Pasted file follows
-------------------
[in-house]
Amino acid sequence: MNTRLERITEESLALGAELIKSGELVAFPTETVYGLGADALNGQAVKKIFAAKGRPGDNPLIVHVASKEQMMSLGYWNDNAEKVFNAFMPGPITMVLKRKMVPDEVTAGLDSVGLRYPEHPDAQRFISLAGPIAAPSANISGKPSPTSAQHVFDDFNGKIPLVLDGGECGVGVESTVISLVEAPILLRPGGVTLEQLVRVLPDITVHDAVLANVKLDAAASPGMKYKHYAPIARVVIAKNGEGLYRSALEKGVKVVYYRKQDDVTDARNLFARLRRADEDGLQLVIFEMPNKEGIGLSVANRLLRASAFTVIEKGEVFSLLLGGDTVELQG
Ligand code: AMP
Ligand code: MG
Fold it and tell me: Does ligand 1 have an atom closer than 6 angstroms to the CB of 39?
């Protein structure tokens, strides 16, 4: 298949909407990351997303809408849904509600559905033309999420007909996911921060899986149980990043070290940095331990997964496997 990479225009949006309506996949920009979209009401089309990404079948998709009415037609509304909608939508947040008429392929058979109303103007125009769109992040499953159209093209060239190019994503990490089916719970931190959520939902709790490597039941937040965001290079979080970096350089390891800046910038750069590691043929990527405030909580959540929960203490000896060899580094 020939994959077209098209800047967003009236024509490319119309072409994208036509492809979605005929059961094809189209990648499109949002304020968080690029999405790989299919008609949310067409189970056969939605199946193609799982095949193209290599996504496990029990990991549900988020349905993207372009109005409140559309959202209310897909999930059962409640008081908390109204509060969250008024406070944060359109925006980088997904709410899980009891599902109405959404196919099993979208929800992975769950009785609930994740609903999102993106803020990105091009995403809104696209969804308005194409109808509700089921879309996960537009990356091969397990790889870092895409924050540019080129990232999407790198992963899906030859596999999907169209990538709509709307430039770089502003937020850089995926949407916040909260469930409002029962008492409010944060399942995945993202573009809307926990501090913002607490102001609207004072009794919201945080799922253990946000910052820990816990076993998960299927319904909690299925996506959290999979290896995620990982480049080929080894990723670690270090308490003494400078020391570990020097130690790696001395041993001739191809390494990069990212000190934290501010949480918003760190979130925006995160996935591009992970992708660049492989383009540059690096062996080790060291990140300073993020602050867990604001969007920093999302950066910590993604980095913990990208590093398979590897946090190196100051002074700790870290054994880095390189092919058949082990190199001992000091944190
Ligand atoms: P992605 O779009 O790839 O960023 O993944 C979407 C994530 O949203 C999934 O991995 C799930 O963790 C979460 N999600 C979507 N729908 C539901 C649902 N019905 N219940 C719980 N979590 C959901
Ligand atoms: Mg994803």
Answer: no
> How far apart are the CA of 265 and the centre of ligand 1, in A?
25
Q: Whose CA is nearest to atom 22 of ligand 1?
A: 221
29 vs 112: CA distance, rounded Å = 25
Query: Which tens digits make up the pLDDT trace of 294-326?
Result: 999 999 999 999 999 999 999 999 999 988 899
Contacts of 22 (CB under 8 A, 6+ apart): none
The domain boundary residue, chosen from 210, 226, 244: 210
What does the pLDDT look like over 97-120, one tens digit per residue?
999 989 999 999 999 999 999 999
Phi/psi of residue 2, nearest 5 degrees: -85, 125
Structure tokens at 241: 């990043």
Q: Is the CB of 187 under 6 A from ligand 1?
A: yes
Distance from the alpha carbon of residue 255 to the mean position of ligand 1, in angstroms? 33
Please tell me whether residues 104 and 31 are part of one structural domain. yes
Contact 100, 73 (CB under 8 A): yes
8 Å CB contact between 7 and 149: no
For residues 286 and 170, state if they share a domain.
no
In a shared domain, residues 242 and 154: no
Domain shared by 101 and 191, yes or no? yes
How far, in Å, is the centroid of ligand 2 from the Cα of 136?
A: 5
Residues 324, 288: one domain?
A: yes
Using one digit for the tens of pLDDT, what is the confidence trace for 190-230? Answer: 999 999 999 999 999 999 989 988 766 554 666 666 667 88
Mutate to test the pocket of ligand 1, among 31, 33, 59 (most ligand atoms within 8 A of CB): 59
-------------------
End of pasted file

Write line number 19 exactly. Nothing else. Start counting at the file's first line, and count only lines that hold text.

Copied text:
What does the pLDDT look like over 97-120, one tens digit per residue?